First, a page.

Victoria has passed temporary regulation to help mitigate the impacts of COVID-19 on tenants and landlords. The temporary regulations put a moratorium on evictions, facilitate rent relief for eligible tenants, suspend rental increases, and have set up a new and free dispute resolution process. The temporary regulations also change how a tenant or landlord may end a tenancy during the six-month moratorium period.
Consumer Affairs Victoria is encouraging landlords and tenants to come to an agreement where rent reduction is needed. When an agreement cannot be met, they are also encouraging parties to utilise the new mediation service.
19 December 2019: SCA launch building guidelines to help minimise the incidence of defects
The industry body for owners corporation and community living, Strata Community Association (SCA), have launched new guidelines to help protect prospective owners from flammable cladding and major defects. The new guidelines specify that all building plans and lists of materials used, including manufacturer details and warranty information, must be handed over to owners or occupants before the final occupancy permit is issued.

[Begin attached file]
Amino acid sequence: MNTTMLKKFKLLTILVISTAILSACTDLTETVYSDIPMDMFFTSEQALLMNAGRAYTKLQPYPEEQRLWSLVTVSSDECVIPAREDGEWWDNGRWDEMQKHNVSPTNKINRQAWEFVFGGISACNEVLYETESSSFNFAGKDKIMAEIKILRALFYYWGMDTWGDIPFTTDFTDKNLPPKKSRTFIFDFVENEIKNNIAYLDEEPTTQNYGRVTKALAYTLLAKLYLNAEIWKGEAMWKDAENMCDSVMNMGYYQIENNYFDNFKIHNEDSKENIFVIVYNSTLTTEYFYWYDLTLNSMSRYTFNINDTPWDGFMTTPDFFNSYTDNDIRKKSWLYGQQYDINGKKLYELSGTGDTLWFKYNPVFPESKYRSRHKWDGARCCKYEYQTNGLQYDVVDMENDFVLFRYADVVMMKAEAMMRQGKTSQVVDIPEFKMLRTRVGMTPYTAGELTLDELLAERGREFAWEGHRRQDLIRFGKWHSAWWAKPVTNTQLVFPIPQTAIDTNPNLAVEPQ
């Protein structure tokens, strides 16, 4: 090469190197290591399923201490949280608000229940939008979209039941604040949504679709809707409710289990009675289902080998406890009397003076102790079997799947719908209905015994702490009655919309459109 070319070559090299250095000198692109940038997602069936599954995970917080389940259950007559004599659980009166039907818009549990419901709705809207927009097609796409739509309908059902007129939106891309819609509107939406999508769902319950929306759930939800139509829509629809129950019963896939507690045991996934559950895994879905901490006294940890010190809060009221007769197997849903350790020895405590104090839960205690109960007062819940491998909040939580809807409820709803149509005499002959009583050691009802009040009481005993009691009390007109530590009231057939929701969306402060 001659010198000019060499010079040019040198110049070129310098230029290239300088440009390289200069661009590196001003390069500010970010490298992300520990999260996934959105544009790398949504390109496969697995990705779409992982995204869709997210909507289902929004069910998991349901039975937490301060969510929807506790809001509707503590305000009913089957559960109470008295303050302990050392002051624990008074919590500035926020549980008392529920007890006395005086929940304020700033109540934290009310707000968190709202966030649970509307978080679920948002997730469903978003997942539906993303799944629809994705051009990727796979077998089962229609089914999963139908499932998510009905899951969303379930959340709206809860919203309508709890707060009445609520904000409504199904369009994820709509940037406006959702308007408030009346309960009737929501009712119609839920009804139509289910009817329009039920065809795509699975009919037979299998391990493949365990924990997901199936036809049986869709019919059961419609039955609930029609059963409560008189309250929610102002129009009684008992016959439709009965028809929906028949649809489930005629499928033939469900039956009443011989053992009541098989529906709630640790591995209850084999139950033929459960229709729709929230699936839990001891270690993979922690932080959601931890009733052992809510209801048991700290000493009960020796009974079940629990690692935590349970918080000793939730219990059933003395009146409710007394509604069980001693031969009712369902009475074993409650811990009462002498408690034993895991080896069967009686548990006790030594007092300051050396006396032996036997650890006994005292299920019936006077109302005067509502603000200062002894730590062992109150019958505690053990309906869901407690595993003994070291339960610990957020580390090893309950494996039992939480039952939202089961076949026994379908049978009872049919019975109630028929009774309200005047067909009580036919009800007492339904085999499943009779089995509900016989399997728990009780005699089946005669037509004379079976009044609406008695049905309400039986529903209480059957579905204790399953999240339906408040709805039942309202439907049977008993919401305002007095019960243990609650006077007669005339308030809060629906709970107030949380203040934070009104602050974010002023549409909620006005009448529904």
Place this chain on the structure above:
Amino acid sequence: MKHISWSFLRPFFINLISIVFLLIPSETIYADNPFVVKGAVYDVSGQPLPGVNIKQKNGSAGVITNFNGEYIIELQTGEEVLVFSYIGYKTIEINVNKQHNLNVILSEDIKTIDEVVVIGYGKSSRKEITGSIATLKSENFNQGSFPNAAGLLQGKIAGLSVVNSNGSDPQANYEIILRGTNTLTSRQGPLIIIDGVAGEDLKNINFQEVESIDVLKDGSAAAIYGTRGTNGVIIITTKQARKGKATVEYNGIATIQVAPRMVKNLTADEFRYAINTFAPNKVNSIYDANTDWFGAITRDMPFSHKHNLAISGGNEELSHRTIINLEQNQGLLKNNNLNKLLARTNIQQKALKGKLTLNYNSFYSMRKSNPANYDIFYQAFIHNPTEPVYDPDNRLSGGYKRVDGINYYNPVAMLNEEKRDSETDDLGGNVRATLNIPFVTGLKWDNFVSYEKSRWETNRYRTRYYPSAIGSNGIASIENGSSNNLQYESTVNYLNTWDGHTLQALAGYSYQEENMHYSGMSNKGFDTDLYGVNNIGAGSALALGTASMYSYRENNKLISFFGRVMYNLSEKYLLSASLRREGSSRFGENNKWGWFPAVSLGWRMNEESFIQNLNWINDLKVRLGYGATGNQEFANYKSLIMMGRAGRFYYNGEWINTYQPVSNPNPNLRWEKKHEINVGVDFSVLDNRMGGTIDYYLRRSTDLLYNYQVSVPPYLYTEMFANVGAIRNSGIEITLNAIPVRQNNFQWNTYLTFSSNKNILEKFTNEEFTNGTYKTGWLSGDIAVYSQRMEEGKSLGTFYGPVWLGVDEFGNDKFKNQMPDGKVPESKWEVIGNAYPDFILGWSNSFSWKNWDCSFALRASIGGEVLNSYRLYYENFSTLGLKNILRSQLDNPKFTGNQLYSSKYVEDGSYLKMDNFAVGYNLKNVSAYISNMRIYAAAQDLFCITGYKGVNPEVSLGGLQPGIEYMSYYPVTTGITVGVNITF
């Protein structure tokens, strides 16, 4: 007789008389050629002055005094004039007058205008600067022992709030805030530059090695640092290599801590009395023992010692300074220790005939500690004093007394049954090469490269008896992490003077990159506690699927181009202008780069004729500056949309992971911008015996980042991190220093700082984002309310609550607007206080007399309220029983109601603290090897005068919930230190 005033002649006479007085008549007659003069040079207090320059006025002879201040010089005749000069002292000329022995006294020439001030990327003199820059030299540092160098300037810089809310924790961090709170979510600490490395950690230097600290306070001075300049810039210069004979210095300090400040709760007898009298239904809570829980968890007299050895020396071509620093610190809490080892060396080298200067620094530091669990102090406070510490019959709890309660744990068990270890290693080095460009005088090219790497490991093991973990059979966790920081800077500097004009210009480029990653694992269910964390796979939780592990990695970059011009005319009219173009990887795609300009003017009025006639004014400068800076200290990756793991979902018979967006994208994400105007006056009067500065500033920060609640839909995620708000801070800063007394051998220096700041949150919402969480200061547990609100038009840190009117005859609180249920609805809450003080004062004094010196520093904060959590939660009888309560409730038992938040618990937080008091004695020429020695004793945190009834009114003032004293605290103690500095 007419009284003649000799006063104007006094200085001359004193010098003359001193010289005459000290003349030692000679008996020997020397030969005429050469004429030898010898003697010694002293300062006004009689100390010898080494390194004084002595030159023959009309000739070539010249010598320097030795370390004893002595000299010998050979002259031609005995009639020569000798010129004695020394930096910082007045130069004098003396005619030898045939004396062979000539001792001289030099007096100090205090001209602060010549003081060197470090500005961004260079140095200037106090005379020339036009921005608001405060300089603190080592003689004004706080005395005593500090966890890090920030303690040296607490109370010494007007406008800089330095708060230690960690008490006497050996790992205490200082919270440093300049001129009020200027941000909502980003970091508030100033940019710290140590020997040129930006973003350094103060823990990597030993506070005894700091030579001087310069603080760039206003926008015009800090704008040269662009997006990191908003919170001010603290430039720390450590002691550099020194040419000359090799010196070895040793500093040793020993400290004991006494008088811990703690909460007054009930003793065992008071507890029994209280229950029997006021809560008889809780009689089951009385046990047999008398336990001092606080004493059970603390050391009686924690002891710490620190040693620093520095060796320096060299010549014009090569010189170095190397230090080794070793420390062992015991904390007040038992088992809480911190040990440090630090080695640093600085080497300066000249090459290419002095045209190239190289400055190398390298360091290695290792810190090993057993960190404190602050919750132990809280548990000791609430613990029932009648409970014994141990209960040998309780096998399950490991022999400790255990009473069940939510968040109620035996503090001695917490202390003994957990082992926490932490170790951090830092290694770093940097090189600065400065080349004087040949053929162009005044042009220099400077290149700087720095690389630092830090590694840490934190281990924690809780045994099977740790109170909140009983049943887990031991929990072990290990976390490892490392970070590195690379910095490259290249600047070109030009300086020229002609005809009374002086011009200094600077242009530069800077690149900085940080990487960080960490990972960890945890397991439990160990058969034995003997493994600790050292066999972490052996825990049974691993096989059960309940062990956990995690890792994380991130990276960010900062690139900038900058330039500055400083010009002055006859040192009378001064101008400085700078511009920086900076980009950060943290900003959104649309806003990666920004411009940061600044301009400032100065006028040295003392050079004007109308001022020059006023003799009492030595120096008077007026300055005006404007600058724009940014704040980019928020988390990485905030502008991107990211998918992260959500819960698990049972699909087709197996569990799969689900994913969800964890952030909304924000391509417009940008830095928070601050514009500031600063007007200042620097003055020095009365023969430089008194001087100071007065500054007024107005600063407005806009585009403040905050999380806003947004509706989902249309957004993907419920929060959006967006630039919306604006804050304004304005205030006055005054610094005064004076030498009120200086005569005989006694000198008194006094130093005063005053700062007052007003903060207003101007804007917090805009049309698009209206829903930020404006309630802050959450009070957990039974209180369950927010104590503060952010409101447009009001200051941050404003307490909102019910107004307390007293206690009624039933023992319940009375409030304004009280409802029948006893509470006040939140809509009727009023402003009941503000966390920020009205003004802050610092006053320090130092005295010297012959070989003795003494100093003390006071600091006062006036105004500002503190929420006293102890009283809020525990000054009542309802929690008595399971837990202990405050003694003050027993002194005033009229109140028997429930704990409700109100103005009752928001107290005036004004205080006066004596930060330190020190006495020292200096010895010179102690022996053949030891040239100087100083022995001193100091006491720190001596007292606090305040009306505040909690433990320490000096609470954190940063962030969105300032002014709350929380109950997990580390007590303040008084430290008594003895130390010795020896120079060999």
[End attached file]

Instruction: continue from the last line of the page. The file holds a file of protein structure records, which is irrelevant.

SCA’s Victorian CEO, Maree Davenport, says the guidelines will become “A living document, passed from lot owner to lot owner, on-hand for occupants and committees and successive professional strata managers. It is a tool for compliance and essential safety measures, as well as maintenance and replacement of end-of-life, dangerous and recalled products.”
1 December 2019: New pool and spa registration and inspection requirements for Victoria
Victoria introduced swimming pool and spa safety laws on 1 December 2019. Owners are now required to register swimming pools and spas with local councils. The changes also include ushering in new inspection, maintenance and compliance requirements for properties with pools and spas.
2 August 2019: Cladding Safety Victoria CEO appointed
Dan O’Brien announced as CEO of Cladding Safety Victoria. Mr Obrien will lead the agency as it manages a $600 million-dollar program of rectification works and will make sure buildings comply with all regulations.